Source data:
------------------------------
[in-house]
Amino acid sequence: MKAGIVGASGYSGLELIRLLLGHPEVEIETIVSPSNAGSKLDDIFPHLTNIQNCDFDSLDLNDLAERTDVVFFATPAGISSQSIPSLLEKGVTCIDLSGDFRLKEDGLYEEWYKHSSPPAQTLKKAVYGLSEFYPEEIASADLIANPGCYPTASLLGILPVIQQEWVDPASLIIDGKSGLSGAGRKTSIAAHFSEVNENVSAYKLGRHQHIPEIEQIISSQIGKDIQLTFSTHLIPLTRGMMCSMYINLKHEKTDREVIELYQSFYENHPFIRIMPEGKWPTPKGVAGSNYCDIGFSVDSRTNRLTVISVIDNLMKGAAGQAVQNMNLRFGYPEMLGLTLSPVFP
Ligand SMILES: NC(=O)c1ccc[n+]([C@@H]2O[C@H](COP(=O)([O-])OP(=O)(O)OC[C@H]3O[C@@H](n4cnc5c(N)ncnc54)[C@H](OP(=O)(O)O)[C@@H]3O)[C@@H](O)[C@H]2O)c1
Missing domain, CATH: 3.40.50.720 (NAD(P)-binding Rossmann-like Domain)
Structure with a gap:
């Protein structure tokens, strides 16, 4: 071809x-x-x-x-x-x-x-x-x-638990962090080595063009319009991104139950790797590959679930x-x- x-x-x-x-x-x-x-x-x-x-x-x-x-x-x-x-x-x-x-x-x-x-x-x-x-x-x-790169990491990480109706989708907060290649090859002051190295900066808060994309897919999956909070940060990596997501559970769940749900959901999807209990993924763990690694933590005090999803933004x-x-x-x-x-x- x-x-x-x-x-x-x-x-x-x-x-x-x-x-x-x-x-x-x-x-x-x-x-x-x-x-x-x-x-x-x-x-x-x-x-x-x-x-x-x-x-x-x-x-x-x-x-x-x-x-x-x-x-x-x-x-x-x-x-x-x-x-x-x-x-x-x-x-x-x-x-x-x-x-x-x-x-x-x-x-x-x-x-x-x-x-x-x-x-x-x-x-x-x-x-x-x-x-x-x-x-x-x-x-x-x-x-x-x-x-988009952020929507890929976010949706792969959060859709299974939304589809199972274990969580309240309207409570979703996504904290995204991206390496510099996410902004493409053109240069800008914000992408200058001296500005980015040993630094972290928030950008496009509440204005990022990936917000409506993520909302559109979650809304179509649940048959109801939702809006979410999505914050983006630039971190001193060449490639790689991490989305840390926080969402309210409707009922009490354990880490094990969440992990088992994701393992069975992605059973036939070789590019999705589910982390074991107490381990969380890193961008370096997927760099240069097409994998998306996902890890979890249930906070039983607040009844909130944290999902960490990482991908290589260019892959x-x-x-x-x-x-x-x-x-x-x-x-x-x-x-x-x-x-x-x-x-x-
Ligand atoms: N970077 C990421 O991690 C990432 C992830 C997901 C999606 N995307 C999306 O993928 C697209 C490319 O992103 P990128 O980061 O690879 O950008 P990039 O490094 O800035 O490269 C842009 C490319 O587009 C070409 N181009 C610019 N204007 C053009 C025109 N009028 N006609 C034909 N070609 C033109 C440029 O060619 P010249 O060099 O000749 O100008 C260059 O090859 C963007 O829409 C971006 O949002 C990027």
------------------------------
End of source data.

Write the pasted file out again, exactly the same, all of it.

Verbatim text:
[in-house]
Amino acid sequence: MKAGIVGASGYSGLELIRLLLGHPEVEIETIVSPSNAGSKLDDIFPHLTNIQNCDFDSLDLNDLAERTDVVFFATPAGISSQSIPSLLEKGVTCIDLSGDFRLKEDGLYEEWYKHSSPPAQTLKKAVYGLSEFYPEEIASADLIANPGCYPTASLLGILPVIQQEWVDPASLIIDGKSGLSGAGRKTSIAAHFSEVNENVSAYKLGRHQHIPEIEQIISSQIGKDIQLTFSTHLIPLTRGMMCSMYINLKHEKTDREVIELYQSFYENHPFIRIMPEGKWPTPKGVAGSNYCDIGFSVDSRTNRLTVISVIDNLMKGAAGQAVQNMNLRFGYPEMLGLTLSPVFP
Ligand SMILES: NC(=O)c1ccc[n+]([C@@H]2O[C@H](COP(=O)([O-])OP(=O)(O)OC[C@H]3O[C@@H](n4cnc5c(N)ncnc54)[C@H](OP(=O)(O)O)[C@@H]3O)[C@@H](O)[C@H]2O)c1
Missing domain, CATH: 3.40.50.720 (NAD(P)-binding Rossmann-like Domain)
Structure with a gap:
């Protein structure tokens, strides 16, 4: 071809x-x-x-x-x-x-x-x-x-638990962090080595063009319009991104139950790797590959679930x-x- x-x-x-x-x-x-x-x-x-x-x-x-x-x-x-x-x-x-x-x-x-x-x-x-x-x-x-790169990491990480109706989708907060290649090859002051190295900066808060994309897919999956909070940060990596997501559970769940749900959901999807209990993924763990690694933590005090999803933004x-x-x-x-x-x- x-x-x-x-x-x-x-x-x-x-x-x-x-x-x-x-x-x-x-x-x-x-x-x-x-x-x-x-x-x-x-x-x-x-x-x-x-x-x-x-x-x-x-x-x-x-x-x-x-x-x-x-x-x-x-x-x-x-x-x-x-x-x-x-x-x-x-x-x-x-x-x-x-x-x-x-x-x-x-x-x-x-x-x-x-x-x-x-x-x-x-x-x-x-x-x-x-x-x-x-x-x-x-x-x-x-x-x-x-x-988009952020929507890929976010949706792969959060859709299974939304589809199972274990969580309240309207409570979703996504904290995204991206390496510099996410902004493409053109240069800008914000992408200058001296500005980015040993630094972290928030950008496009509440204005990022990936917000409506993520909302559109979650809304179509649940048959109801939702809006979410999505914050983006630039971190001193060449490639790689991490989305840390926080969402309210409707009922009490354990880490094990969440992990088992994701393992069975992605059973036939070789590019999705589910982390074991107490381990969380890193961008370096997927760099240069097409994998998306996902890890979890249930906070039983607040009844909130944290999902960490990482991908290589260019892959x-x-x-x-x-x-x-x-x-x-x-x-x-x-x-x-x-x-x-x-x-x-
Ligand atoms: N970077 C990421 O991690 C990432 C992830 C997901 C999606 N995307 C999306 O993928 C697209 C490319 O992103 P990128 O980061 O690879 O950008 P990039 O490094 O800035 O490269 C842009 C490319 O587009 C070409 N181009 C610019 N204007 C053009 C025109 N009028 N006609 C034909 N070609 C033109 C440029 O060619 P010249 O060099 O000749 O100008 C260059 O090859 C963007 O829409 C971006 O949002 C990027």